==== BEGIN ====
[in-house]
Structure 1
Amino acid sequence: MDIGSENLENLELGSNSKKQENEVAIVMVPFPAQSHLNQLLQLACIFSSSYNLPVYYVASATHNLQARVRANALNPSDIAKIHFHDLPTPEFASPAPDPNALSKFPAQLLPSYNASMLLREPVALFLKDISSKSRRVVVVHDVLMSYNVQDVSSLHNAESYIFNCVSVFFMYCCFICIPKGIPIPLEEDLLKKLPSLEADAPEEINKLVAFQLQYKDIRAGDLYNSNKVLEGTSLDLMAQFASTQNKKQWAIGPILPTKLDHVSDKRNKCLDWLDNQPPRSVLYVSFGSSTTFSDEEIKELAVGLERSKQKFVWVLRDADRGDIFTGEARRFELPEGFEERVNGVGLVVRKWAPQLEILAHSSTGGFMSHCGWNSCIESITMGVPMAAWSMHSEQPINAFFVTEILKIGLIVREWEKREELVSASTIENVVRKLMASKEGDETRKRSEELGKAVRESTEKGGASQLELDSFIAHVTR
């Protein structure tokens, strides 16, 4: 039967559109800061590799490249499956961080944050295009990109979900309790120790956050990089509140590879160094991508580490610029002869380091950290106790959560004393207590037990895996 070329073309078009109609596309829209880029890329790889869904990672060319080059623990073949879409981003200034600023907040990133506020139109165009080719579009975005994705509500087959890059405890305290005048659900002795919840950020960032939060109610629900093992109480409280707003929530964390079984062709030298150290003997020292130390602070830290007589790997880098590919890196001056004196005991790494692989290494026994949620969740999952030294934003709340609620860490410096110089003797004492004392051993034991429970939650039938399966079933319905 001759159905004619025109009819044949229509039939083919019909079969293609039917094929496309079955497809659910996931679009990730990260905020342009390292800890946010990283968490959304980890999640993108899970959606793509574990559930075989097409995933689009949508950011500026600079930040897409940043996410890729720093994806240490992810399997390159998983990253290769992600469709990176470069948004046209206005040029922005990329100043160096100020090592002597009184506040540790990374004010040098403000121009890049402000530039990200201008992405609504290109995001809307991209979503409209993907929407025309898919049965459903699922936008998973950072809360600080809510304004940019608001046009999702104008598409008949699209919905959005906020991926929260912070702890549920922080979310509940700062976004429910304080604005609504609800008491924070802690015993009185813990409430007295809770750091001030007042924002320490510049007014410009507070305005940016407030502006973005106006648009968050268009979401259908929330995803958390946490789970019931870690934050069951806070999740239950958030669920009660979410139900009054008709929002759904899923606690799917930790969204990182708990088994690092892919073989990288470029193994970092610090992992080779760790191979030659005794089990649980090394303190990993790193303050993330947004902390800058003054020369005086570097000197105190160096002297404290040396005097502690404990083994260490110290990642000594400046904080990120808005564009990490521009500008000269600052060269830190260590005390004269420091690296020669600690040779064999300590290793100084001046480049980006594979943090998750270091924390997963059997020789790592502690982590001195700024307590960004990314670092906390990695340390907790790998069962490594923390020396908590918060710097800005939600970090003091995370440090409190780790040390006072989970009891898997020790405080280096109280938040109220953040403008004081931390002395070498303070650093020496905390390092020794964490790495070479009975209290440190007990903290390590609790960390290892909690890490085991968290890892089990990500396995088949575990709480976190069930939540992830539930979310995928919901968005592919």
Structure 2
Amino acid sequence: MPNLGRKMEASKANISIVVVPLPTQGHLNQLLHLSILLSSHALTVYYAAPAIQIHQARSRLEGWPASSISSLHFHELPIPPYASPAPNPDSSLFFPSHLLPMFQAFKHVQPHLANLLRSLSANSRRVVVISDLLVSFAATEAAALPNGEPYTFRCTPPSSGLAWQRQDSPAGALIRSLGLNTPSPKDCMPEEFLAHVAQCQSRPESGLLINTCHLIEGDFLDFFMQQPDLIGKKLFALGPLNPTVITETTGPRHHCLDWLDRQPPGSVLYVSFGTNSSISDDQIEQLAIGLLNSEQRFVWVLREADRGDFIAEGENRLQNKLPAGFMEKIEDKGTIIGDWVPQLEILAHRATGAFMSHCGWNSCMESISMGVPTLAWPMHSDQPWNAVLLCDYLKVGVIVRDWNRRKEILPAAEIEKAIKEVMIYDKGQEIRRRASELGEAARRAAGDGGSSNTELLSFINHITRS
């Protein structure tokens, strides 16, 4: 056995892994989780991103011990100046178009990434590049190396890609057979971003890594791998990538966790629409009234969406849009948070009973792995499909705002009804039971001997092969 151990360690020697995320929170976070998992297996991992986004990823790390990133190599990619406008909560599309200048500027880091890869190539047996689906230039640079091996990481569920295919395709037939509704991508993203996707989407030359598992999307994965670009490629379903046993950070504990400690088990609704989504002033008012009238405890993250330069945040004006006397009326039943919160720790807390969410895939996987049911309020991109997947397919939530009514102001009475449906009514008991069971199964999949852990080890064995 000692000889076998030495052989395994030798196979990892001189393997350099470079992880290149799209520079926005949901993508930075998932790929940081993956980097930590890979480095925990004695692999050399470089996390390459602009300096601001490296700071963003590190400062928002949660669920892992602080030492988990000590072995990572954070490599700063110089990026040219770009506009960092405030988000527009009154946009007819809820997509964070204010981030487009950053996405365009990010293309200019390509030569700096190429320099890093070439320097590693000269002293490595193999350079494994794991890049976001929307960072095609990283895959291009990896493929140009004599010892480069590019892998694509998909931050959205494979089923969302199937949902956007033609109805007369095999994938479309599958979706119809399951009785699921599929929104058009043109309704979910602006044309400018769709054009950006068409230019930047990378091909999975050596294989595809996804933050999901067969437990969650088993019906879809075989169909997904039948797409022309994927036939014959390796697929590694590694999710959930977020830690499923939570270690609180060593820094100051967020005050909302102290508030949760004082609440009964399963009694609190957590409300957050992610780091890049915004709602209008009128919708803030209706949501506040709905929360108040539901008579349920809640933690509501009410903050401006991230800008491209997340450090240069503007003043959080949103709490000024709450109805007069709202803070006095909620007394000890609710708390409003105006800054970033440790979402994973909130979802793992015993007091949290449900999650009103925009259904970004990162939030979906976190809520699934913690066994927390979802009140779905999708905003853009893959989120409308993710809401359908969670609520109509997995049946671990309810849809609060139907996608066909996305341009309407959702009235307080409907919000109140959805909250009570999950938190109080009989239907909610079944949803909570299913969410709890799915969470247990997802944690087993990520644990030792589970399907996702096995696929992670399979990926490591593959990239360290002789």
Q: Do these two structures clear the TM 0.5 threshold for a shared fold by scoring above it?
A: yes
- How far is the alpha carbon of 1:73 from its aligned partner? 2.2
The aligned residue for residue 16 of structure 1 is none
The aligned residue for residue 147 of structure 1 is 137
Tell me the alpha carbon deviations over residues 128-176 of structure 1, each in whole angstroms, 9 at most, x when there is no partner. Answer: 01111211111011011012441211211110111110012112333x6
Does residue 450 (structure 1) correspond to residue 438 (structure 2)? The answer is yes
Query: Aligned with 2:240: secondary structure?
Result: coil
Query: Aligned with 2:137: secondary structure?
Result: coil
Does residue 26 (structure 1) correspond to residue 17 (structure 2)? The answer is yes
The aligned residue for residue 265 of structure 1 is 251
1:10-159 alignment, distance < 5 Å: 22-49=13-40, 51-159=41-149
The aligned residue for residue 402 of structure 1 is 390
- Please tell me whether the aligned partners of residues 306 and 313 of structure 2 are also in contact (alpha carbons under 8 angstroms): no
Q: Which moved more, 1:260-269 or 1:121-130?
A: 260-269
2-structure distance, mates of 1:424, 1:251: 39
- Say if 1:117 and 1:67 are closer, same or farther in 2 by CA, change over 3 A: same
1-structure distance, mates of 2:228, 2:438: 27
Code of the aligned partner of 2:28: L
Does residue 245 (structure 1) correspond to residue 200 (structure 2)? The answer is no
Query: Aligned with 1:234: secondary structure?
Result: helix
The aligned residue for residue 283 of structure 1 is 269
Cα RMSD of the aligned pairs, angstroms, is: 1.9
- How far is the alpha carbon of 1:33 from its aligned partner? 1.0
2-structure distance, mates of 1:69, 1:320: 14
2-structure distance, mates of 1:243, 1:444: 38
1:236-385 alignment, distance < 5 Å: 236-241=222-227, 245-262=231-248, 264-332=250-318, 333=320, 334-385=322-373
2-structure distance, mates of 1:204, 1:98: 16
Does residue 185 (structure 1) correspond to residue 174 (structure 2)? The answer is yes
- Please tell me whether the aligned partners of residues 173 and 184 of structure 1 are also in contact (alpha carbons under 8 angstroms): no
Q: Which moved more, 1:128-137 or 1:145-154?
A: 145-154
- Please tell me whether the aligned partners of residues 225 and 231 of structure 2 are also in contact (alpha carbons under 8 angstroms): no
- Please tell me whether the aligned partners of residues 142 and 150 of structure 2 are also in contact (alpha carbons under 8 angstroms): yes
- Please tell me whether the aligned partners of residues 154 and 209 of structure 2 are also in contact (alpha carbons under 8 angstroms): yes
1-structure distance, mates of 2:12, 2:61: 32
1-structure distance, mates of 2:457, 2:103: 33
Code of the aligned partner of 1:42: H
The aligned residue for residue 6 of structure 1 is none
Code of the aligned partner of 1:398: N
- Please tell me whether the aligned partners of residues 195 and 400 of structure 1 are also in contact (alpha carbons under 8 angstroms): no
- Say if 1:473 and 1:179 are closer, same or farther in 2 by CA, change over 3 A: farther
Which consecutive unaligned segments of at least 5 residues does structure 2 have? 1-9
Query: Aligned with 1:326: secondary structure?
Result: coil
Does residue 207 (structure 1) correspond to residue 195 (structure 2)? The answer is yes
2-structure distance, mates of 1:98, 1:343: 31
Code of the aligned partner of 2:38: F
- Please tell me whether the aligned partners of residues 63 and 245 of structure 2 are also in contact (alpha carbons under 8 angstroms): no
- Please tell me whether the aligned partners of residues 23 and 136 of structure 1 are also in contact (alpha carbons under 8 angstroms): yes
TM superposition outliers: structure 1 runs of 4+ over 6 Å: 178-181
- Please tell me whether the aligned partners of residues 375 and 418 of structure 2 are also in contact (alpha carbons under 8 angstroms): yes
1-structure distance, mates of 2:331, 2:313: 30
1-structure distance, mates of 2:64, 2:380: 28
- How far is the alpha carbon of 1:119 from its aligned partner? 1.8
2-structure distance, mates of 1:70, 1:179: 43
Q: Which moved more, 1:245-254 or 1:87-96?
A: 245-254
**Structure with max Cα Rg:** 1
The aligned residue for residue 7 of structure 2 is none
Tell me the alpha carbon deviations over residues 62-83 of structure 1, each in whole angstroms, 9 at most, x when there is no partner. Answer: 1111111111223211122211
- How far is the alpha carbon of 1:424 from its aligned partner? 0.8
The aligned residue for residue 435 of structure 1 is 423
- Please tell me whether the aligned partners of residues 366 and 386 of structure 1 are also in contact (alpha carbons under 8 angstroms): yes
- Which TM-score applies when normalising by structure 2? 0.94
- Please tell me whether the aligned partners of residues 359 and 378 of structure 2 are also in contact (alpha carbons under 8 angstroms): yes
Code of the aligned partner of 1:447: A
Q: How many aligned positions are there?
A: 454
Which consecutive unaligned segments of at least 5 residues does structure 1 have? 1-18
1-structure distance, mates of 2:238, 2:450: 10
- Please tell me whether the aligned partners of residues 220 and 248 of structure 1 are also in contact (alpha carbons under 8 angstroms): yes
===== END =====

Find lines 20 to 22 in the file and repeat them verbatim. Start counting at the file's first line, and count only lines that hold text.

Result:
The aligned residue for residue 265 of structure 1 is 251
1:10-159 alignment, distance < 5 Å: 22-49=13-40, 51-159=41-149
The aligned residue for residue 402 of structure 1 is 390